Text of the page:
The braggadocio and downright impudence of some political crooks before they are convicted often amazes me.
Take the case of former Illinois Gov. Rod Blagojevich, who was sentenced Wednesday to 14 years in federal prison for his conviction on 18 felony counts of corruption.
As you’ll recall, Blagojevich was charged in April 2009 with, among other things, trying to sell former U.S. Sen. Barack Obama’s seat to the highest bidder after Obama was elected President.
Here’s what Blagojevich, 54, said at the time that U.S. Attorney Patrick Fitzgerald announced the charges.
“I’m saddened and hurt, but I am not surprised by the indictment. I am innocent, I now will fight in the courts to clear my name.”
Yes, he would clear his good name! He’d been slandered, don’t you know, and that could not stand.
A year later, perhaps reflecting how dismissive he was of the charges, he appeared as a contestant on Donald Trump’s “Celebrity Apprentice” TV show.
Then, last year, after a federal jury convicted him of just one count — lying to the FBI — and hung up on 23 other counts, Blagojevich not only turned defiant but goaded Fitzgerald.
“The government threw everything but the kitchen sink at me,” Blagojevich said, “and on every charge but one, they could not prove that I broke any laws except one, a nebulous charge from five years ago.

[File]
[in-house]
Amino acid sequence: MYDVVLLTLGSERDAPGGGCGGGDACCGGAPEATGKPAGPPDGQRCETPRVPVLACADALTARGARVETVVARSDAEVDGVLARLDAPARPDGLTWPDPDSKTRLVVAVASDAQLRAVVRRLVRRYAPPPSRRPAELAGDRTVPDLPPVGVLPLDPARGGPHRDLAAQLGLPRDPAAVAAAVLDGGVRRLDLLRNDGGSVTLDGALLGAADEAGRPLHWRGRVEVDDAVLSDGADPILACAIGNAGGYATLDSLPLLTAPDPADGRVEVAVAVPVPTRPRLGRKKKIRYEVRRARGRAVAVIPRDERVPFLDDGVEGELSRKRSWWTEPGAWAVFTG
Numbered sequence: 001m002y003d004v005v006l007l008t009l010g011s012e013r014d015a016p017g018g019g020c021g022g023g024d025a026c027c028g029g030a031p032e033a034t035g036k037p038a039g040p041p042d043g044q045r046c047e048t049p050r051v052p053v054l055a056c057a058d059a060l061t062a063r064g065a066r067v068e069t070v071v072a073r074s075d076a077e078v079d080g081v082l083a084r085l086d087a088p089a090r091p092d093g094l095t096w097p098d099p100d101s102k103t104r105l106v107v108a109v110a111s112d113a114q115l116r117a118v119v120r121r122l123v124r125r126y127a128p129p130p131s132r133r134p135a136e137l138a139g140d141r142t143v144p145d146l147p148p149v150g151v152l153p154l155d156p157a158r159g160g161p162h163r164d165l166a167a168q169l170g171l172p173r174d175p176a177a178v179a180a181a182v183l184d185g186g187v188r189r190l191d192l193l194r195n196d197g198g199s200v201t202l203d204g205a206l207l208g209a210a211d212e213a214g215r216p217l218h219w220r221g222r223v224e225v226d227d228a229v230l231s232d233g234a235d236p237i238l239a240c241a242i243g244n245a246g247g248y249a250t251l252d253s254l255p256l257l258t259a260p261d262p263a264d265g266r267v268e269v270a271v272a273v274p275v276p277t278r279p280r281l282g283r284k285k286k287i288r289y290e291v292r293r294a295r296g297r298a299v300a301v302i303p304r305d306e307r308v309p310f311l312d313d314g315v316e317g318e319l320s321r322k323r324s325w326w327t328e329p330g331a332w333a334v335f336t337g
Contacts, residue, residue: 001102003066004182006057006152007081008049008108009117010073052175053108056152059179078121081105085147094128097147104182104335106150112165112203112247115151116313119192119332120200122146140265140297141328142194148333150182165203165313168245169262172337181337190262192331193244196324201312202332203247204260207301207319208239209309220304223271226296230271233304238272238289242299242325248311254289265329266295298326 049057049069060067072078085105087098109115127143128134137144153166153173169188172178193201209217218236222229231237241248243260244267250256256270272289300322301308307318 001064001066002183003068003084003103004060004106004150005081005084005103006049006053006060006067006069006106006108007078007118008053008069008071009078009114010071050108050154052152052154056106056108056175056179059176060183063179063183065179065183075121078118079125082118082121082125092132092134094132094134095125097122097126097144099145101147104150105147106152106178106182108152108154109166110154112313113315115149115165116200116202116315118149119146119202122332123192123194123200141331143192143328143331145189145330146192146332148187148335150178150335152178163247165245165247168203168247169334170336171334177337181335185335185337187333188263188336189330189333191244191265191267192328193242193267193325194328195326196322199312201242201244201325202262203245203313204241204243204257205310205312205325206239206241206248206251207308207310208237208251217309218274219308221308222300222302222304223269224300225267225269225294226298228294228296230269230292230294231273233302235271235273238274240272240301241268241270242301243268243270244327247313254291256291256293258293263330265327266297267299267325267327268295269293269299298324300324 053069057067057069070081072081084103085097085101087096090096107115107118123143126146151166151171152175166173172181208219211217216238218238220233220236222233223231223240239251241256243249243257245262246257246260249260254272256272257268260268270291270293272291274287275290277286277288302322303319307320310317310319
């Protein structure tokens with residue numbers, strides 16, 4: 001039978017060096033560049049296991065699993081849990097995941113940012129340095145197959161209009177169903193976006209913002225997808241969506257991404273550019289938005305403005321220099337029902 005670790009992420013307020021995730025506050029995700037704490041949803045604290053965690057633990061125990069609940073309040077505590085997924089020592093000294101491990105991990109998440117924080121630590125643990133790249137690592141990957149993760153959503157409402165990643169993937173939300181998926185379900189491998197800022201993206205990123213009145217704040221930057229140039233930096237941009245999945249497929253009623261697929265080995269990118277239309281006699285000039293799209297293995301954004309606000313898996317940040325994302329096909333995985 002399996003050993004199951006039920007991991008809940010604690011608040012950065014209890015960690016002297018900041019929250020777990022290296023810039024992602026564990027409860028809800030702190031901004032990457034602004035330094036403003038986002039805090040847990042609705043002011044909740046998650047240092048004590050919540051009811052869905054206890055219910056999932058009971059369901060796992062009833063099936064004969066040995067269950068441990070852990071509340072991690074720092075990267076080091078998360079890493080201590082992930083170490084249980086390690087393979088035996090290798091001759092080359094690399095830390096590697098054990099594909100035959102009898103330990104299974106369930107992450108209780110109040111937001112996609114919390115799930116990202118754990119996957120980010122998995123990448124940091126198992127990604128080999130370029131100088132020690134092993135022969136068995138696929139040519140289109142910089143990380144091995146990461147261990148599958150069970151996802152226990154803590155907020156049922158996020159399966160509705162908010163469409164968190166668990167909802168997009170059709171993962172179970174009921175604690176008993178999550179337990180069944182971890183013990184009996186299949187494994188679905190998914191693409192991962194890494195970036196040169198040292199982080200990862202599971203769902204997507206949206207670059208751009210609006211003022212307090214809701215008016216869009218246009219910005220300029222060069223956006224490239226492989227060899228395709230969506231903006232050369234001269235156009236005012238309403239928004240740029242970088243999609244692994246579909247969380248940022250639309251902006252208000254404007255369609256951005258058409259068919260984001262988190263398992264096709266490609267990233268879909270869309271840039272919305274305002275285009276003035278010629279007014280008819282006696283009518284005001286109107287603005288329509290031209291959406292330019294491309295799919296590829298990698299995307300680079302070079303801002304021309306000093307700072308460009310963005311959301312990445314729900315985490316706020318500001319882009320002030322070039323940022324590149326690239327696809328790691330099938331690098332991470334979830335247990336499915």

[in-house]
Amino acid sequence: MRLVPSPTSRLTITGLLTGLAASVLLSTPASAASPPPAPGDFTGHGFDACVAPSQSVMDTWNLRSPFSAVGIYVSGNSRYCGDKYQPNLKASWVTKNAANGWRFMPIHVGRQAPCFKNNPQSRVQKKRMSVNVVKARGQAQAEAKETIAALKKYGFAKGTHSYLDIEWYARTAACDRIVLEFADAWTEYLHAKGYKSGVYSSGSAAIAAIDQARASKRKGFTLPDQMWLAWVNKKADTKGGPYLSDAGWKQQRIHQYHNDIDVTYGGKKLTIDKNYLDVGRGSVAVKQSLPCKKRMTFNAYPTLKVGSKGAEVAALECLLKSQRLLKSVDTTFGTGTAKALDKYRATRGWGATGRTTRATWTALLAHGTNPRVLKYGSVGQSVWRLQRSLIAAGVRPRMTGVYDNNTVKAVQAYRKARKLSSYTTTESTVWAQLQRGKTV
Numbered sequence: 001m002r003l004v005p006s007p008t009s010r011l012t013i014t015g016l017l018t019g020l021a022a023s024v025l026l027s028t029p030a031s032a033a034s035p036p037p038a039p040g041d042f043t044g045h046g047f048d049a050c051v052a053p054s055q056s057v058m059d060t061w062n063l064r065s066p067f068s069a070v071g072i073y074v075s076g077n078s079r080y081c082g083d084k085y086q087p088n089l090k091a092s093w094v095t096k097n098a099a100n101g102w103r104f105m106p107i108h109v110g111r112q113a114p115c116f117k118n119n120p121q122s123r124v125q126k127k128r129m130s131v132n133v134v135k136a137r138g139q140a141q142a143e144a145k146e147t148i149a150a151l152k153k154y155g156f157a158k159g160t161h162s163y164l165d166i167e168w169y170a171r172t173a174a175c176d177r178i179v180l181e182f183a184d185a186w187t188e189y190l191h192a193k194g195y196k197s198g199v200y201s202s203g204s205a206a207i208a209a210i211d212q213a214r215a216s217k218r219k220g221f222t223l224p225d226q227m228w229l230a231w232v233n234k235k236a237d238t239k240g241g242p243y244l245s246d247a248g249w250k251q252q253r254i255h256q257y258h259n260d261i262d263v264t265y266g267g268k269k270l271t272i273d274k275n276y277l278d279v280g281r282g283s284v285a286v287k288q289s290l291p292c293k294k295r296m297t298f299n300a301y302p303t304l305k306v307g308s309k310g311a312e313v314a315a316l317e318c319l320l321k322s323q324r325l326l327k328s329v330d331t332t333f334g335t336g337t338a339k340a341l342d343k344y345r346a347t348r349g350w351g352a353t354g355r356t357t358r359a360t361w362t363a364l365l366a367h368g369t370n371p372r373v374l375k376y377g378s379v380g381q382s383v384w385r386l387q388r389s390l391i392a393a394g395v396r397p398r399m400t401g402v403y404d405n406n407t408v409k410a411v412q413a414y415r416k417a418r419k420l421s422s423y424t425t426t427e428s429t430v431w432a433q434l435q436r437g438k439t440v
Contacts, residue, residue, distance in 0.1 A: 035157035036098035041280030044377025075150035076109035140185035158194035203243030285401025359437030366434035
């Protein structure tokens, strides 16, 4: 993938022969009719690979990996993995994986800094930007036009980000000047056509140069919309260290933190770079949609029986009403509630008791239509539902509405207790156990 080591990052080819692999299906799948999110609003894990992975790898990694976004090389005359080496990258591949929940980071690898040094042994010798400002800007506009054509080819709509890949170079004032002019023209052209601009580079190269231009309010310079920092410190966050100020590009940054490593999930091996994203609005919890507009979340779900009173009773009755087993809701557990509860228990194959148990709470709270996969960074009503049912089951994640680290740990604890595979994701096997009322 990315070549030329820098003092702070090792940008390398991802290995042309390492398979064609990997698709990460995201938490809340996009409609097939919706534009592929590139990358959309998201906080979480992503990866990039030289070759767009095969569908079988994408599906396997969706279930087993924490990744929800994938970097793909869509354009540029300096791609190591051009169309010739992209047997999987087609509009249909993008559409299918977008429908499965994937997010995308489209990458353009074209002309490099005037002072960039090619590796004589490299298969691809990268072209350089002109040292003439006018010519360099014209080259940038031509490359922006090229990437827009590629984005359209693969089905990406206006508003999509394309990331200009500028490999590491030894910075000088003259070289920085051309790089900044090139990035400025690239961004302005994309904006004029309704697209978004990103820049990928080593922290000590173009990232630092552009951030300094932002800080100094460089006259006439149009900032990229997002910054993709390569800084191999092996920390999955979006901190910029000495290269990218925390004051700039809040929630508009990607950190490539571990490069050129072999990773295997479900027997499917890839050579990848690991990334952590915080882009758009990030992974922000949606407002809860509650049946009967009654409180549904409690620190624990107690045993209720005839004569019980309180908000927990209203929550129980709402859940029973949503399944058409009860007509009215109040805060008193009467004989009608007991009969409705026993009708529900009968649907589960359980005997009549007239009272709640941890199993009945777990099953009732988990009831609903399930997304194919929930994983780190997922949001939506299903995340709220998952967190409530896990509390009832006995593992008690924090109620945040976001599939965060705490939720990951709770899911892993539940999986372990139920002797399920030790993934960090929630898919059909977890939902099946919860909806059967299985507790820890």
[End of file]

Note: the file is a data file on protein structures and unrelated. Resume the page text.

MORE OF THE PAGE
“We have a prosecutor who has wasted and wanted to spend tens of millions of dollars of taxpayer money to take me away from my family and my home.”
Fitzgerald didn’t take the bait and simply said Blagojevich would be retried…The second trial ended in June with his conviction on 17 additional counts.
That brings us to yesterday, when U.S. District Judge James Zagel sentenced Blagojevich.
And what did he say in court, at his sentencing?
“I’ve had plenty of time to reflect on all that’s happened. I’m here convicted of crimes, and I am accepting of it, acknowledge it.”
That prompted Zagel to respond, “It comes late.”
Blagojevich also said:
“I have nobody to blame but myself for my stupidity and actions, words, things that I didn’t that I thought I could do.”
Now, why didn’t Blagojevich temper his comments when he was first charged and again last year after he was convicted on one count?
It goes back to the Achilles’ heel of many a figure in Greek literature — pride, hubris. Blagojevich thought he was above the law; he got a fat head because several million people voted for him and put him in the governor’s office.
He should have read some Greek tragedies; it would have better prepared him for his downfall. Then, again, maybe he did read some Greek tragedies and concluded, “That’ll never happen to me.”
You will see below that my lifelong friend Hubartos vanDrehl — the Prince of Paonia, the Mystic of the Mountains — comments on the respective hairdos of Mr. Blagojevich and Mr. Trump. It is only fitting, in my opinion, that I show you a photo of Mr. vanDrehl’s inimitable ‘do…